Is the WSL in trouble? Women's Champions League winners and losers as Arsenal struggle against Ajax

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Stina Blackstenius Arsenal Women 2022-23
The Lionesses may be European champions but England's clubs are toiling, as underlined by Arsenal's draw with Ajax.

Arsenal, Bayern Munich, Juventus, Paris Saint-Germain – those are just some of the huge clubs that were involved in Women's Champions League qualifying this week. And they didn't have it easy.

A quick glance at the fixtures for these huge clubs and some might've expected relatively stress-free progress to the group stages for them.

And yet, Arsenal were held by an exciting, up-and-coming Ajax side and Juve drew with Denmark's HB Koge, while Bayern and PSG only recorded slender one-goal wins over Real Sociedad and BK Hacken, respectively.

With plenty of drama going on, here's a look at the winners and losers from this week's action...

  1. WINNER: Caroline Weir

    WINNER: Caroline Weir

    It's fair to say things are going quite well for Caroline Weir in Spain.

    The Scot left Manchester City for Real Madrid in the summer and would score her first goal for her new club against her former one, sending City crashing out of the Champions League in the first round of qualifying.

    She has settled into Madrid's team with ease, having been given a flexible role by manager Alberto Toril that seems to suit her down to a tee.

    On Wednesday night, she scored her second and third goals of the season in a 3-0 win over Rosenborg, the first of them an absolute rocket.

    There is a long list of reasons to be excited about what Las Blancas could do this season and Weir's storming start is one of them.

  2. LOSER: The Women's Super League

    LOSER: The Women's Super League

    With the Lionesses having just been crowned champions of Europe, it's clear there are a lot of great things happening with women's football in England right now. However, there are ongoing issues at club level.

    Four of the last eight Women's Champions League seasons lacked an English semi-finalist, and just one Women's Super League club has reached the final in the past 15 years.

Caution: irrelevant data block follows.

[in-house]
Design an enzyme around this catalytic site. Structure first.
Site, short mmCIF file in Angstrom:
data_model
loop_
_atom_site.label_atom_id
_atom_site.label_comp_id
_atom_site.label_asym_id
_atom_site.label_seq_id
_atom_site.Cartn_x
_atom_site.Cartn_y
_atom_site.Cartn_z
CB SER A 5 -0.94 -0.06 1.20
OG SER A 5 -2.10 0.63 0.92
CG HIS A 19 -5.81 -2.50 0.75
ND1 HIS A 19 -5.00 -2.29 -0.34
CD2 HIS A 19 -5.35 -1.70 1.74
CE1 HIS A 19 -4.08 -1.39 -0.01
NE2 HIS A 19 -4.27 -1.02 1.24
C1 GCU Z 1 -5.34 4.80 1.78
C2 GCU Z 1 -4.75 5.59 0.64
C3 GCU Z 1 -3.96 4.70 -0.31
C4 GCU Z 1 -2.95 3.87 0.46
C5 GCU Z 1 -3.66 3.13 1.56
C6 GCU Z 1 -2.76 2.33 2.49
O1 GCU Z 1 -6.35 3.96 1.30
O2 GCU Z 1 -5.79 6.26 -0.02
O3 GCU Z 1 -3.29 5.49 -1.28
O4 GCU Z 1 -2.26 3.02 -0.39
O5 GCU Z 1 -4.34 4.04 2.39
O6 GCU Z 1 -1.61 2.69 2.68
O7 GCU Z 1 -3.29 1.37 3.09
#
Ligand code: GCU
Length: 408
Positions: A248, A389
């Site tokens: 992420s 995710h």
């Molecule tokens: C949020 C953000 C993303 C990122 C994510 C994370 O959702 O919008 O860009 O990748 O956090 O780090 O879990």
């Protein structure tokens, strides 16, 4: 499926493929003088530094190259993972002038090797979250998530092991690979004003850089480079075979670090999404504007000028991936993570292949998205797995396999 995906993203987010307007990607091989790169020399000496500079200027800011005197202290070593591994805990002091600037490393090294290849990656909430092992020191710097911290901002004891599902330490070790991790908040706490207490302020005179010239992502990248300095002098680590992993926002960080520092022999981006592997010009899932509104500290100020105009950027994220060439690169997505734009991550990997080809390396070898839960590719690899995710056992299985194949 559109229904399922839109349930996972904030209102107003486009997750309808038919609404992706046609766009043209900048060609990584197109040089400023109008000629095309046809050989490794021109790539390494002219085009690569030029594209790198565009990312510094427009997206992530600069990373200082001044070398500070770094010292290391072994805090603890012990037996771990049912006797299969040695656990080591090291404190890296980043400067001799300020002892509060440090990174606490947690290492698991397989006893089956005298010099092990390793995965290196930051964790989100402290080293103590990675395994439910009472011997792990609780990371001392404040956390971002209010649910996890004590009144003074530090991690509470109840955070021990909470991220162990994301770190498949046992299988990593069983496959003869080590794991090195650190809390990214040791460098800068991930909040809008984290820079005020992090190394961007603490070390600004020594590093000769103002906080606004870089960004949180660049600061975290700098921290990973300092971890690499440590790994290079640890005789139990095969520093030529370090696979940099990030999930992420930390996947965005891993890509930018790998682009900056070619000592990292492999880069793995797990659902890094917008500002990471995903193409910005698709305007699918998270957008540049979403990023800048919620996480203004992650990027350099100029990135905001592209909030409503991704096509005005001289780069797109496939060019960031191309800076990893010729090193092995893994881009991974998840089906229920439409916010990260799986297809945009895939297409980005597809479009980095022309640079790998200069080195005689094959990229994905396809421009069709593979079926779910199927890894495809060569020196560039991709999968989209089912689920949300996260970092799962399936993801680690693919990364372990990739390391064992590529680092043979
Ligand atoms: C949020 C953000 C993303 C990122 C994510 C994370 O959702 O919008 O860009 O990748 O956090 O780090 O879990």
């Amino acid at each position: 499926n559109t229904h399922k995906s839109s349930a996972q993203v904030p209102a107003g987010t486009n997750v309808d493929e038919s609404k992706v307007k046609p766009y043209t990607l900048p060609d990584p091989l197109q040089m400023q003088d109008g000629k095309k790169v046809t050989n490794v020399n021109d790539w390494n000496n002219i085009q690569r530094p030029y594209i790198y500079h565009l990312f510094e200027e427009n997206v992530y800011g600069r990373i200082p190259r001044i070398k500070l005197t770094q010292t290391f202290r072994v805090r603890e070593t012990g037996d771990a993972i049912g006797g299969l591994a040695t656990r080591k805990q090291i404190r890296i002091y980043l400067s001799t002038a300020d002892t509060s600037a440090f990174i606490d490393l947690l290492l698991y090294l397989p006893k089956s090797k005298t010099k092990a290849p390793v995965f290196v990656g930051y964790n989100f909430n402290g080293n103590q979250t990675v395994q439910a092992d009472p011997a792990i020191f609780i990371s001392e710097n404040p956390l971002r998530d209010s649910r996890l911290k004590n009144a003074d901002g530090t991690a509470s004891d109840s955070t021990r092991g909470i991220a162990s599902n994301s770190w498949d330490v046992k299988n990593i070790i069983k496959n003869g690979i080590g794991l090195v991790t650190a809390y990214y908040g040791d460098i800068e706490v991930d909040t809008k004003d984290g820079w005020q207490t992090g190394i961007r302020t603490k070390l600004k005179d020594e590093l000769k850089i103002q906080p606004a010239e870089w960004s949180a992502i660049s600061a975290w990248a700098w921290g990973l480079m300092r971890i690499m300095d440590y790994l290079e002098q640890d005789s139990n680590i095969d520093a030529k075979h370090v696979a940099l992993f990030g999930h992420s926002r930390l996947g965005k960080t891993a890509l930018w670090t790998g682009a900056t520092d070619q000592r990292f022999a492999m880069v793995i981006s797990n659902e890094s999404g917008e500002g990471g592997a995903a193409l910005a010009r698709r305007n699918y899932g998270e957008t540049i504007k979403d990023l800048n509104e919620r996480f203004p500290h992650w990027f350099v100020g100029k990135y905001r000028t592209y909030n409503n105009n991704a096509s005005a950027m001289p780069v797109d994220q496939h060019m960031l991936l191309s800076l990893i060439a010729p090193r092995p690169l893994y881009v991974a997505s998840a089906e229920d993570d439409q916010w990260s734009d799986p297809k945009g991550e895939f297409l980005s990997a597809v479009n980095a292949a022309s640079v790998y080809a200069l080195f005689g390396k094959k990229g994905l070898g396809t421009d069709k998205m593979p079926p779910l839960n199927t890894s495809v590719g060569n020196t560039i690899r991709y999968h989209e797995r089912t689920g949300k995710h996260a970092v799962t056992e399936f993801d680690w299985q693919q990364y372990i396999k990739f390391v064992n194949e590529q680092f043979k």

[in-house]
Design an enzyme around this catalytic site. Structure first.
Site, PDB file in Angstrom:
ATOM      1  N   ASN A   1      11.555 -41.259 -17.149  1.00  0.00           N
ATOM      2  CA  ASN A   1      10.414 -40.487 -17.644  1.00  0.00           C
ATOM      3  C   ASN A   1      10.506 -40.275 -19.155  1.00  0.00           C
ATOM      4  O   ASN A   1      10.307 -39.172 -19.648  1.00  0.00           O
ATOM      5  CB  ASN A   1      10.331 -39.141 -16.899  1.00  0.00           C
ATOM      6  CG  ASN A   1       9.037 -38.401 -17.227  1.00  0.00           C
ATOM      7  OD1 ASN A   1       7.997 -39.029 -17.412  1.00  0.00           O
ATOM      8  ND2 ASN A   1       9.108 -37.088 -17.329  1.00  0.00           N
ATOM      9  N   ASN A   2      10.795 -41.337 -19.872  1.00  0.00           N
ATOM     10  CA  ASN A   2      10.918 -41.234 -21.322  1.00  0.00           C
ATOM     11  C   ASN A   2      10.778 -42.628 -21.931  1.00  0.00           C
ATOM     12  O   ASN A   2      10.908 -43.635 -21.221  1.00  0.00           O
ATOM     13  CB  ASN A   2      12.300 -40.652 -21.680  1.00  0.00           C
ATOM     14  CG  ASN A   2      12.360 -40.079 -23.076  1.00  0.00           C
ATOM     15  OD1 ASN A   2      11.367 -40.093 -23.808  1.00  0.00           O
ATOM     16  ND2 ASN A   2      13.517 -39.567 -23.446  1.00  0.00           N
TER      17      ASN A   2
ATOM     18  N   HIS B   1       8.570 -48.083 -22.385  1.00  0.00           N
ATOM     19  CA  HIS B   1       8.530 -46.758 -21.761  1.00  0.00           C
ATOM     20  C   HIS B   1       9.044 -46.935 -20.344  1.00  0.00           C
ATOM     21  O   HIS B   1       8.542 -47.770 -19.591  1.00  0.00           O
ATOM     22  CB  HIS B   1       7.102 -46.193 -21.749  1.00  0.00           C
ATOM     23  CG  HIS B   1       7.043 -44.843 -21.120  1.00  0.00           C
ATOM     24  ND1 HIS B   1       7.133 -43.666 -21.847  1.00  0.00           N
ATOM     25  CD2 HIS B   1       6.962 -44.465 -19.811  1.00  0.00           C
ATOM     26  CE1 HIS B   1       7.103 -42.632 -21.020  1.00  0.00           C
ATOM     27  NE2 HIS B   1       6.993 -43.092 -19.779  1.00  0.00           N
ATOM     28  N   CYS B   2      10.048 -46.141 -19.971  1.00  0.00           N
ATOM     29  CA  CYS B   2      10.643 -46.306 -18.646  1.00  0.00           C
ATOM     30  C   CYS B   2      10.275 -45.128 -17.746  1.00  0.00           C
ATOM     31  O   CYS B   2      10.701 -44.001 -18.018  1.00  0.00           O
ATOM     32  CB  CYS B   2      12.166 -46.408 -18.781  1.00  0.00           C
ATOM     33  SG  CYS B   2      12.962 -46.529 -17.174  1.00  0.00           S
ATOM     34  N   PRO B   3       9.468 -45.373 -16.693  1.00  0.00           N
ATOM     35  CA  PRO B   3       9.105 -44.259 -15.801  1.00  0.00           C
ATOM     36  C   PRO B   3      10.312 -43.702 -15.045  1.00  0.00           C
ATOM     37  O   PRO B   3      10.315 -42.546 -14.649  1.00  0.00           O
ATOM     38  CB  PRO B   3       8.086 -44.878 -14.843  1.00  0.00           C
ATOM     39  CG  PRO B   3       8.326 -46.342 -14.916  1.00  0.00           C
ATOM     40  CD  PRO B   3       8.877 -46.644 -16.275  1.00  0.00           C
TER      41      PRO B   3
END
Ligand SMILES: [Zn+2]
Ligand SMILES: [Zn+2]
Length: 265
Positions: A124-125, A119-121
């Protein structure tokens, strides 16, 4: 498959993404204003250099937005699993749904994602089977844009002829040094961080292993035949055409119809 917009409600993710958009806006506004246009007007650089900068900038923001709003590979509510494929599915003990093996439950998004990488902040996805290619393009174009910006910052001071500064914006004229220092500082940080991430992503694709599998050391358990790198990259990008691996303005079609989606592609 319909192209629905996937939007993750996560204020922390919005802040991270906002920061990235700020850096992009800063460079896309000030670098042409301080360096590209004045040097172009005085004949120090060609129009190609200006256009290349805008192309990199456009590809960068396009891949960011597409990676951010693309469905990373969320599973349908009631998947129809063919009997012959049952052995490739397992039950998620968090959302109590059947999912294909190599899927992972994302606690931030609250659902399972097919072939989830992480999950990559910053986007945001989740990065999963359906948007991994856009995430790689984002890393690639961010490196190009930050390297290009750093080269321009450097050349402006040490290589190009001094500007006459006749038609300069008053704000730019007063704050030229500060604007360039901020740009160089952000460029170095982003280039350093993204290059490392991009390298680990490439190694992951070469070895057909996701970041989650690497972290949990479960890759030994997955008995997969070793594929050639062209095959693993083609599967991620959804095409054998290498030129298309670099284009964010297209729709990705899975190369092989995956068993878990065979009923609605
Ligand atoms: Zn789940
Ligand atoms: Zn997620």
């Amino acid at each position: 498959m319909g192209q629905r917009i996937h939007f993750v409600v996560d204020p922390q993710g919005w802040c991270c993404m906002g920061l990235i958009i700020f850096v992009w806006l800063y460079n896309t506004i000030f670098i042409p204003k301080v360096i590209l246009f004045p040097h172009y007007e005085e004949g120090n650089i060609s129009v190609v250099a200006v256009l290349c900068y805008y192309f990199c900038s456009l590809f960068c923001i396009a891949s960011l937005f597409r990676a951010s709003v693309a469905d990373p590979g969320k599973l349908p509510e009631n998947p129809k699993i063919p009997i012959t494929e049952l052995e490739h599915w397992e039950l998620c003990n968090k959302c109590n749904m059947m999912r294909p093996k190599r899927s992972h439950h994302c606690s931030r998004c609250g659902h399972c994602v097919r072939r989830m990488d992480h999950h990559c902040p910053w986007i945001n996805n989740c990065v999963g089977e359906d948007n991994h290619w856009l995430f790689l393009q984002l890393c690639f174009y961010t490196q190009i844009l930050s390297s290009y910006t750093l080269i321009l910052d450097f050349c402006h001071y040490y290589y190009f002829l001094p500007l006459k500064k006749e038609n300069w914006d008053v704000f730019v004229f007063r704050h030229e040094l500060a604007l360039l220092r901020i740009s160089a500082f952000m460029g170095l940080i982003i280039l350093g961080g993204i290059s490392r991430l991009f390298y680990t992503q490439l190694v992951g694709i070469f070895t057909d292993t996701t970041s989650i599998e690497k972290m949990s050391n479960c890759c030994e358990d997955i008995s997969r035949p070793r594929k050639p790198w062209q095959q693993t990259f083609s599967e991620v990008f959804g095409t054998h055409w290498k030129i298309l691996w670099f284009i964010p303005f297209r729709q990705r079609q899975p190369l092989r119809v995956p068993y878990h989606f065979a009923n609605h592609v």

Last year, Manchester City went out in qualifying, Chelsea were eliminated in the group stages and Arsenal bowed out in the last eight. Consequently, England's coefficient has taken a real hit, meaning the automatic group-stage qualification spot allocated to the WSL champions is now at risk.

    With City going out early again this year, Arsenal's 2-2 draw at home to Ajax in the first game of their two-legged tie will have concerned more than just the Gunners' fans.

    Jonas Eidevall and his team did well to turn things around after a poor first half but they will have their work cut out when they go to the Netherlands next week.

    A win won't just be important for Arsenal, but for the whole of the WSL.

  3. WINNER: The Netherlands

    WINNER: The Netherlands

    There was plenty that stood out in Ajax's clash with Arsenal on Tuesday and one was how bright the future is for the Netherlands.

    Victoria Pelova, the 23-year-old who was linked with Arsenal in the summer, was the best player on the pitch in the first half. Romee Leuchter, aged 21, scored twice to strengthen her goal-scoring reputation, following a 31-goal season last term.

    However, the player of the match was arguably Isa Kardinaal, the 17-year-old centre-back who excelled against some of Europe's best forwards.

    With Pelova and Leuchter adding Euro 2022 to their growing list of big experiences this past summer, and Kardinaal having represented her nation at the U17 edition, this Champions League run is only giving them further opportunity to develop into top-class players.

    It hasn't been a great year for the Netherlands' national team, who disappointed at the Euros, but with talents like these coming through – alongside other exciting prospect such as PSV's Esmee Brugts and Twente's Wieke Kaptein – there are reasons to be optimistic about what the next generation might deliver.